The forecast is rather straightforward this week. After a warm but windy Monday, a few light showers may cross the region Monday night with the passage of a cold front. Behind the front, slightly cooler temperatures in the low to mid-60s will return on Tuesday, with a breeze out of the northeast and north, and more abundant sunshine in the afternoon. Sunshine will be dominant Wednesday into next weekend as well. With Canadian high pressure bringing in a northeast flow, Thursday will probably be the coolest day of the week, topping off in the low 60s.
We should be back to the seasonable mid-upper 60s Friday through Sunday. Evaporation slows with these temperatures and lower sun angle, but you may still want to water plants like tomatoes with such limited rainfall chances in the next seven days.
The Climate Prediction Center, with good model support, is very confident of unseasonable warmth to our west prevailing much of the time over the next two weeks. In the eight- to 14-day outlook, they give us a good probability of higher than average temperatures most days.
This general trend is likely to continue well into next month in CPC’s experimental three- to four-week outlook.
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The most important tool scientists have to determine evidence of the world’s past climate periods, atmospheric gas composition, and even past bacterial and virus life forms is found in ice cores. Paleoclimatologists have been drilling, extracting, studying and storing ice cores for many decades, in order to make comparison with the current climate.
A key ice core examination site is on the campus of Ohio State University in Columbus, at the Byrd Polar and Climate Research Center. The scientists who conduct this research are beginning to find the sheer speed of glacial and high latitude thawing is now negatively impacting their efforts to gather this critical evidence. In a Reuters article this month, a story of how this warming badly damaged what was to be a major sampling site was outlined. In 2018, an international team of scientists scouted a glacier high in the Swiss-Italian alps, took a small core sample which revealed great potential research opportunities, only to return in an expedition in 2020 to find “in the two years it took for the scientists to return with a full drilling set-up, some of the information that had been trapped in the ice had vanished. Freeze-thaw cycles had created icy layers and meltwater pools throughout the glacier, what another team member described as a water-laden sponge, rendering the core useless for basic climate science.”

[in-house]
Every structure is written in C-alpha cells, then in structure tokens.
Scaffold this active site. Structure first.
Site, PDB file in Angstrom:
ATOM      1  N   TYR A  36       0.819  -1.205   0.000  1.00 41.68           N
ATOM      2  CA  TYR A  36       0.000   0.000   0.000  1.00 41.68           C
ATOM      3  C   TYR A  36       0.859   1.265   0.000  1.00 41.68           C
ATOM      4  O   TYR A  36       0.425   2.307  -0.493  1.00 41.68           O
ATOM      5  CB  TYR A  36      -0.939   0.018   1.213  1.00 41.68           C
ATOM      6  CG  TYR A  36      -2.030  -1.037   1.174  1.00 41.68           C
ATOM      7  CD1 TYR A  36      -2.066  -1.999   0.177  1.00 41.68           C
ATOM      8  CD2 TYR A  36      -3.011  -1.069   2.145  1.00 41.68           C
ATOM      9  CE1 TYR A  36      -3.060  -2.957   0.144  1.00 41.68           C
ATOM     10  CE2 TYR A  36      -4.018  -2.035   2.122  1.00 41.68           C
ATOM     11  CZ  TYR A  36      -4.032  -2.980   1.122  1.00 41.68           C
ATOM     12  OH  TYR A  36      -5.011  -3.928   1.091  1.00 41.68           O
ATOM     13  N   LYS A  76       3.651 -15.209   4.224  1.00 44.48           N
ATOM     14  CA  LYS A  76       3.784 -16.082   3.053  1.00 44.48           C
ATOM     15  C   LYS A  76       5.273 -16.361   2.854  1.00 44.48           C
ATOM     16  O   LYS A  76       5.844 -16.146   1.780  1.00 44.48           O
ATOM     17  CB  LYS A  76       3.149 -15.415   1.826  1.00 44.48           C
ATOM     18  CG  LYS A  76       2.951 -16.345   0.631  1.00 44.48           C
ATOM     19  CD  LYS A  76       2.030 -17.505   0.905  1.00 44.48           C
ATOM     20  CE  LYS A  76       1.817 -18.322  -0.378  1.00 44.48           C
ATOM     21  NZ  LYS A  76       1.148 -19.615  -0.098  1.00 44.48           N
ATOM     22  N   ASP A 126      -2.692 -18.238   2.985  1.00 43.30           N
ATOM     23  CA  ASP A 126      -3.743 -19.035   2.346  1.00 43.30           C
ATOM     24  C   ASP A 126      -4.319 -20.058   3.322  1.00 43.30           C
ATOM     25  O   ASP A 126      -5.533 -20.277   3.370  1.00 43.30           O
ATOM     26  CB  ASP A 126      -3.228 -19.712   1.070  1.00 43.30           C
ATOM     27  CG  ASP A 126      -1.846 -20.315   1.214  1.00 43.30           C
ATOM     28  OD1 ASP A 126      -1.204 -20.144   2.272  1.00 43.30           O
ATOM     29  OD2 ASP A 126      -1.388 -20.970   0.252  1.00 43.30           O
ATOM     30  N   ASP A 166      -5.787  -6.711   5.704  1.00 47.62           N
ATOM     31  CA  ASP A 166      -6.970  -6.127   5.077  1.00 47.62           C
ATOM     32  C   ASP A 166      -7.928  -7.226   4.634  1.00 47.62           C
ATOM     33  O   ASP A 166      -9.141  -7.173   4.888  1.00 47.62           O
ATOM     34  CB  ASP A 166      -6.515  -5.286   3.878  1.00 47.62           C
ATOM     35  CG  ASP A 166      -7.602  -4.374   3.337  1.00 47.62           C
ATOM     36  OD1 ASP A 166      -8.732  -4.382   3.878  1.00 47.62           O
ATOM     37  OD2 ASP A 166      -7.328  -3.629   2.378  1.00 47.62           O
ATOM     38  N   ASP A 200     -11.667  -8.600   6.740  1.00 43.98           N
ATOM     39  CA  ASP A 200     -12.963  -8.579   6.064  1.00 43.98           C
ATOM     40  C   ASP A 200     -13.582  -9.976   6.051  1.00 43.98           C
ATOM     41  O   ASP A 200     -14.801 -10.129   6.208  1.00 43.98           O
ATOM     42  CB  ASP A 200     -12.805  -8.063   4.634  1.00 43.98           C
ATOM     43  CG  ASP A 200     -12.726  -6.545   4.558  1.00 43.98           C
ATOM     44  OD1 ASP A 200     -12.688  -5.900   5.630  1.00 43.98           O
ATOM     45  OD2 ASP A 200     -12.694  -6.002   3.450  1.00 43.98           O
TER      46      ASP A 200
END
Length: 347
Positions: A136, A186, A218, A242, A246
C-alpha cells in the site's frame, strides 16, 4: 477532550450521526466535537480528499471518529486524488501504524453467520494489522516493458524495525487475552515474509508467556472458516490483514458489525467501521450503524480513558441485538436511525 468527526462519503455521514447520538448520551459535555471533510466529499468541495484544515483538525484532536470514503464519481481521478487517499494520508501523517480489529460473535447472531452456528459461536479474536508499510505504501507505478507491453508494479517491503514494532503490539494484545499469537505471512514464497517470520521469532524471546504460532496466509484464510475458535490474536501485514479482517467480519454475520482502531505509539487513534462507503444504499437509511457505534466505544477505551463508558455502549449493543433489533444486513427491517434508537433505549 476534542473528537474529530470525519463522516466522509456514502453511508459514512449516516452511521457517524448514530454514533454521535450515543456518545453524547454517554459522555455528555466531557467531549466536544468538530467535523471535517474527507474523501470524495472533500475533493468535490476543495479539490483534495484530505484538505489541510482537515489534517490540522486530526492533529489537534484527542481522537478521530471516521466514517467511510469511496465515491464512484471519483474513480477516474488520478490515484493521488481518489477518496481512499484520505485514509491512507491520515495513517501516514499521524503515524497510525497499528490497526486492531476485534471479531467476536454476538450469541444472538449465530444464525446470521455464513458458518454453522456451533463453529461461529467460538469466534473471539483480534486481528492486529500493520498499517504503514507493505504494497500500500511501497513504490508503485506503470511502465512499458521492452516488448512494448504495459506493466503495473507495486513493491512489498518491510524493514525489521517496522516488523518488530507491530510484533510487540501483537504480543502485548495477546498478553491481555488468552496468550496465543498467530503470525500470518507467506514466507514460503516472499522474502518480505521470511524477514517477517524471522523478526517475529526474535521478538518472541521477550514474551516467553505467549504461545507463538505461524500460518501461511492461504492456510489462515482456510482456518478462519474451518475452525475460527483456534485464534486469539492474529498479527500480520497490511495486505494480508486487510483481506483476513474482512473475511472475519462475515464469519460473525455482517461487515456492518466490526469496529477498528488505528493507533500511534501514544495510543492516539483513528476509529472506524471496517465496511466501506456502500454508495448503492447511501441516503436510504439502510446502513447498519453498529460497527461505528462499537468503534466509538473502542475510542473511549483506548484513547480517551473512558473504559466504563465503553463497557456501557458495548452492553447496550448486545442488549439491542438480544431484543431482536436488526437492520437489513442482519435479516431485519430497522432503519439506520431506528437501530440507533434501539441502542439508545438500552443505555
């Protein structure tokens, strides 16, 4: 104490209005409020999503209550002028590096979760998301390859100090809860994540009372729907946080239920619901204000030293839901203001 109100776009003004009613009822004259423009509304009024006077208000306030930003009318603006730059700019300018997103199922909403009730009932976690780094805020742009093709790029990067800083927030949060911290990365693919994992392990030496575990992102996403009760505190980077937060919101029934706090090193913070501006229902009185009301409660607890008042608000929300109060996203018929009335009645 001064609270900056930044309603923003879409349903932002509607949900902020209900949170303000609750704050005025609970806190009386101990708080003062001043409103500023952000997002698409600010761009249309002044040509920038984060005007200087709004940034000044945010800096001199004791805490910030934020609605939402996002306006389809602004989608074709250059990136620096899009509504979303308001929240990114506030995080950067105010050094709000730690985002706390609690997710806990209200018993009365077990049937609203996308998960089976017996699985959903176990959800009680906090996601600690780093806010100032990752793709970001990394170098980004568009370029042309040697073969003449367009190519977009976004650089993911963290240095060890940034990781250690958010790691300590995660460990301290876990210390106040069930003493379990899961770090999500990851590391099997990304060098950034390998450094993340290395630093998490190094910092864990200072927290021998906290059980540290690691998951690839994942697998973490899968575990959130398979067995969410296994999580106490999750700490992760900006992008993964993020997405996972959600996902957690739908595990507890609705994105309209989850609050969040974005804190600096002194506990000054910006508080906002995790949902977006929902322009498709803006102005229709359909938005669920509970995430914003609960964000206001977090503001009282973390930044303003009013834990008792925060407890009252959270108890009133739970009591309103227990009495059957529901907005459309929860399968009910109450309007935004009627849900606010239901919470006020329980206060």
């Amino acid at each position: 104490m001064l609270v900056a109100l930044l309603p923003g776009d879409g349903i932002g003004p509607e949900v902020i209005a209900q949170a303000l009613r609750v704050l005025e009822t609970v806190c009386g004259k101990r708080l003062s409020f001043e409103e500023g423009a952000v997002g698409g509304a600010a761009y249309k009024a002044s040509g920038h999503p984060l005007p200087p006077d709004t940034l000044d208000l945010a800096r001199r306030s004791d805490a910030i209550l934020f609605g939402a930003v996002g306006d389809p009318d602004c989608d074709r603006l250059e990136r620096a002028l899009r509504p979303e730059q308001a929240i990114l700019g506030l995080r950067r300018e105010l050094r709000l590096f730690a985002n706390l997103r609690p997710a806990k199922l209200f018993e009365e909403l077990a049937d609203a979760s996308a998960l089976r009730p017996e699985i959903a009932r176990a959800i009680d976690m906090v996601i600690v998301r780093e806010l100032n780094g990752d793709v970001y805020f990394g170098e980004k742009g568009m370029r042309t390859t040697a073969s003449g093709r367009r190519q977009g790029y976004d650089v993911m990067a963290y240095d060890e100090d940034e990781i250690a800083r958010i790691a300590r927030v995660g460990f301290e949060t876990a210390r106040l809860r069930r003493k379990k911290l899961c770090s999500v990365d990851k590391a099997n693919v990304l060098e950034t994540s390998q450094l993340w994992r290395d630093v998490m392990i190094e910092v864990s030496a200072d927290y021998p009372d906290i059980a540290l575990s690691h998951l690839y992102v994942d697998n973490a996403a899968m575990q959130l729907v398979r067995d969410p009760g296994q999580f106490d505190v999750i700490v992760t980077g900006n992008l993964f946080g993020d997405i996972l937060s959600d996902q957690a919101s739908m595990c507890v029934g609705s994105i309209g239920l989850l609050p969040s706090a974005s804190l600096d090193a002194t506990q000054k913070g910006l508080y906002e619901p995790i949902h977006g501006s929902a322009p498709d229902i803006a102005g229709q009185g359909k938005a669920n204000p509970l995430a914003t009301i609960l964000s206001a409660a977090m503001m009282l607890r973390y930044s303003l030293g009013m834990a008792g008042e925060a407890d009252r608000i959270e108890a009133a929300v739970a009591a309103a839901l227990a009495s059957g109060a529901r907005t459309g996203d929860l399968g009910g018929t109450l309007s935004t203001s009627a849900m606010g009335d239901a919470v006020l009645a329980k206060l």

Glaciologists and paleoclimatologists have been raising multiple alarms. Glaciers have been melting much faster than earlier predicted by climate models and computer simulations. First and foremost, this is a canary-in-a-coal mine warning about the speed of warming, as detailed in a short NPR interview with scientist Bob McNabb.
The pace at which the planet is losing glacial ice is rapidly increasing. From 2000-2004, a study in the journal Nature showed the annual loss was 227 billion tons, or gigatons of ice. After 2015, the rate of loss had increased to 298 gigatons. A single gigaton would fill NYC’s Central Park to a depth of 1120 feet of ice.
Just two summers ago, I took this photo of the “largest” glacier left at Glacier National Park in Montana, shrinking rapidly according to the National Park Service.
Paleoclimatologists point out melting glaciers no longer absorb atmospheric gases for future sampling. The body of potential evidence is certainly not gone, but it is shrinking quickly.
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Much has been written concerning the high likelihood Mars once possessed vast oceans and many rivers, compared to the small icy areas at the planet’s poles existing today. A new study reveals Mars’ oceans never really had a chance, because Mars is simply too small with too little mass to hold on to large amounts of water. The study suggests the Martian data will help to establish a threshold for size and mass when examining exoplanets around other stars, and gauging chances for abundant life on such planets. The lack of mass meant Mars’ gravity was inadequate to keep oceans beyond about 3.5 billion years ago, or to hold on to the planet’s magnetic field, also vital to hanging on to oceans. (Still, there is evidence of just a little water left on the barren red planet gathered by NASA’s spacecraft exploring the planet.)